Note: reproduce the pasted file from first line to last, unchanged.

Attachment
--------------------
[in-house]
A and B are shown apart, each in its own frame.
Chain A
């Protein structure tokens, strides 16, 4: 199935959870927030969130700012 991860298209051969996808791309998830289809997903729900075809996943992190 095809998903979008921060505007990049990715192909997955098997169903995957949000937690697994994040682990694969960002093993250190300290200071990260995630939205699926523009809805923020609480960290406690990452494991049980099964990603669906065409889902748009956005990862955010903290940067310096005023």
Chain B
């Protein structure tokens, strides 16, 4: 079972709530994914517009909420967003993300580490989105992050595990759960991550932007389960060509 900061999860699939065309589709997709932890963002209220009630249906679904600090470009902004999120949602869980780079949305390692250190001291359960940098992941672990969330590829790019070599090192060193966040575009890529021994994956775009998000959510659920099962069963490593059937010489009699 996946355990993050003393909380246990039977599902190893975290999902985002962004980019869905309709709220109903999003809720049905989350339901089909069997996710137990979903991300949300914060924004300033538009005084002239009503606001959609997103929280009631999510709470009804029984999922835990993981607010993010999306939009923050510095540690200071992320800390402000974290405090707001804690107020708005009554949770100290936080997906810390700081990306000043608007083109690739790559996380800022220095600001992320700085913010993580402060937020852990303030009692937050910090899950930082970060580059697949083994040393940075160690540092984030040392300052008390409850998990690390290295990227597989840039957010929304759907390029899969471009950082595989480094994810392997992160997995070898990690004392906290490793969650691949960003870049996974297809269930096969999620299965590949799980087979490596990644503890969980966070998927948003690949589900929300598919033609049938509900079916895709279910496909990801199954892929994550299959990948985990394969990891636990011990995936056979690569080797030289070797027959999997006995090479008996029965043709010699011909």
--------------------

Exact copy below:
[in-house]
A and B are shown apart, each in its own frame.
Chain A
């Protein structure tokens, strides 16, 4: 199935959870927030969130700012 991860298209051969996808791309998830289809997903729900075809996943992190 095809998903979008921060505007990049990715192909997955098997169903995957949000937690697994994040682990694969960002093993250190300290200071990260995630939205699926523009809805923020609480960290406690990452494991049980099964990603669906065409889902748009956005990862955010903290940067310096005023």
Chain B
């Protein structure tokens, strides 16, 4: 079972709530994914517009909420967003993300580490989105992050595990759960991550932007389960060509 900061999860699939065309589709997709932890963002209220009630249906679904600090470009902004999120949602869980780079949305390692250190001291359960940098992941672990969330590829790019070599090192060193966040575009890529021994994956775009998000959510659920099962069963490593059937010489009699 996946355990993050003393909380246990039977599902190893975290999902985002962004980019869905309709709220109903999003809720049905989350339901089909069997996710137990979903991300949300914060924004300033538009005084002239009503606001959609997103929280009631999510709470009804029984999922835990993981607010993010999306939009923050510095540690200071992320800390402000974290405090707001804690107020708005009554949770100290936080997906810390700081990306000043608007083109690739790559996380800022220095600001992320700085913010993580402060937020852990303030009692937050910090899950930082970060580059697949083994040393940075160690540092984030040392300052008390409850998990690390290295990227597989840039957010929304759907390029899969471009950082595989480094994810392997992160997995070898990690004392906290490793969650691949960003870049996974297809269930096969999620299965590949799980087979490596990644503890969980966070998927948003690949589900929300598919033609049938509900079916895709279910496909990801199954892929994550299959990948985990394969990891636990011990995936056979690569080797030289070797027959999997006995090479008996029965043709010699011909």